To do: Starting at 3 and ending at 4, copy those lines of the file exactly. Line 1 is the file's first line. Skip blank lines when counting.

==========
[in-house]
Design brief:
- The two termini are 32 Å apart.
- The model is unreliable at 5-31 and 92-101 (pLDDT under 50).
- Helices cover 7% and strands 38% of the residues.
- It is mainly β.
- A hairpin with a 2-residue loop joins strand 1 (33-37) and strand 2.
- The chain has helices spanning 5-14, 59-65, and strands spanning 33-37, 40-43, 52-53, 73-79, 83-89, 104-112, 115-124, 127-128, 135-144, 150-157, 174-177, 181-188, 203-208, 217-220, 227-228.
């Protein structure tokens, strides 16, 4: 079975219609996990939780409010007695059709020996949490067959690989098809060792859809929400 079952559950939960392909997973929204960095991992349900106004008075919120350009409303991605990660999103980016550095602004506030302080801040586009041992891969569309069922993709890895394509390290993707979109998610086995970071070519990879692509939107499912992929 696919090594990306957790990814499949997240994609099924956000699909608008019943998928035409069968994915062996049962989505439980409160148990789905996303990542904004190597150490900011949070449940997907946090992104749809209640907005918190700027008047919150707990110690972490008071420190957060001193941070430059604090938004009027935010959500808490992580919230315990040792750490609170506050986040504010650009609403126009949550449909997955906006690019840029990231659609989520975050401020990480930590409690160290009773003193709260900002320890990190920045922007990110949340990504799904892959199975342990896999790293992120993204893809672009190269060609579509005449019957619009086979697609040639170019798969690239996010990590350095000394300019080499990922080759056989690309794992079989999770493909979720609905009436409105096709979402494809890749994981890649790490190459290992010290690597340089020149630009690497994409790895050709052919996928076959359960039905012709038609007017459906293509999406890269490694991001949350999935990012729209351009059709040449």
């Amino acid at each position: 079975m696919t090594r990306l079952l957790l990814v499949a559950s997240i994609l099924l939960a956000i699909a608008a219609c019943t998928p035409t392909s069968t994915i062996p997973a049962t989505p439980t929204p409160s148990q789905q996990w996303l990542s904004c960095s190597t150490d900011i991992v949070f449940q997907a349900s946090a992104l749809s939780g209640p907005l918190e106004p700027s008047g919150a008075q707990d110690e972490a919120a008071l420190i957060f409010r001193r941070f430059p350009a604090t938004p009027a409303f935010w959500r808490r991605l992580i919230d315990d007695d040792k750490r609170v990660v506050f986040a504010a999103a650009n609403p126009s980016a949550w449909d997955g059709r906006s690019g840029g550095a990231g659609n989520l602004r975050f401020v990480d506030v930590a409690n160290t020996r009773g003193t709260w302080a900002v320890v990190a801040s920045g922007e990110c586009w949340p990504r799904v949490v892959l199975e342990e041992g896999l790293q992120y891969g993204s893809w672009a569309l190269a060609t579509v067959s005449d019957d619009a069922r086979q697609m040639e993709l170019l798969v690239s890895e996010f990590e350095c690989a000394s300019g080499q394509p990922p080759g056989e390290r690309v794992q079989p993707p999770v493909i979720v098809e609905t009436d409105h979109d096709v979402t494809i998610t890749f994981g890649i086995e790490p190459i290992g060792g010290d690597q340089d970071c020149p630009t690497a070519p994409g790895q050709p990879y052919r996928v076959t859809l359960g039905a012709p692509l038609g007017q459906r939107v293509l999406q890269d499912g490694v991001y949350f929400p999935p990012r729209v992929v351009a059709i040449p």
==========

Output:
- The two termini are 32 Å apart.
- The model is unreliable at 5-31 and 92-101 (pLDDT under 50).